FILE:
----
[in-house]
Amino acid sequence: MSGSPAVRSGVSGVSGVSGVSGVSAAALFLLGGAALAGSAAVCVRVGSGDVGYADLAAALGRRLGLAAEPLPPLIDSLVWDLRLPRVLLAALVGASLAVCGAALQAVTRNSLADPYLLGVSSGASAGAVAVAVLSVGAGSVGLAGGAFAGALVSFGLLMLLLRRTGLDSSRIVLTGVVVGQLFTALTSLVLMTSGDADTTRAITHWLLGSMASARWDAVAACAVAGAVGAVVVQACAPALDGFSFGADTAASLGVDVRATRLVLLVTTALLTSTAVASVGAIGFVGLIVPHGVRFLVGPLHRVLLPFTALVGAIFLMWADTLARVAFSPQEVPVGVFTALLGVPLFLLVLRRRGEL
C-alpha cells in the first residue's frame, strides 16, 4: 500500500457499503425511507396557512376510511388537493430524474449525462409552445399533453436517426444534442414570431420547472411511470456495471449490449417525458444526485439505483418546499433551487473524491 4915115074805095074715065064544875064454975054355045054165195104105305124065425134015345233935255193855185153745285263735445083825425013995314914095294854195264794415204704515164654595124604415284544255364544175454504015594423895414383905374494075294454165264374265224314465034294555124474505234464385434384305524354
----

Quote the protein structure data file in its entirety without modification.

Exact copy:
[in-house]
Amino acid sequence: MSGSPAVRSGVSGVSGVSGVSGVSAAALFLLGGAALAGSAAVCVRVGSGDVGYADLAAALGRRLGLAAEPLPPLIDSLVWDLRLPRVLLAALVGASLAVCGAALQAVTRNSLADPYLLGVSSGASAGAVAVAVLSVGAGSVGLAGGAFAGALVSFGLLMLLLRRTGLDSSRIVLTGVVVGQLFTALTSLVLMTSGDADTTRAITHWLLGSMASARWDAVAACAVAGAVGAVVVQACAPALDGFSFGADTAASLGVDVRATRLVLLVTTALLTSTAVASVGAIGFVGLIVPHGVRFLVGPLHRVLLPFTALVGAIFLMWADTLARVAFSPQEVPVGVFTALLGVPLFLLVLRRRGEL
C-alpha cells in the first residue's frame, strides 16, 4: 500500500457499503425511507396557512376510511388537493430524474449525462409552445399533453436517426444534442414570431420547472411511470456495471449490449417525458444526485439505483418546499433551487473524491 4915115074805095074715065064544875064454975054355045054165195104105305124065425134015345233935255193855185153745285263735445083825425013995314914095294854195264794415204704515164654595124604415284544255364544175454504015594423895414383905374494075294454165264374265224314465034294555124474505234464385434384305524354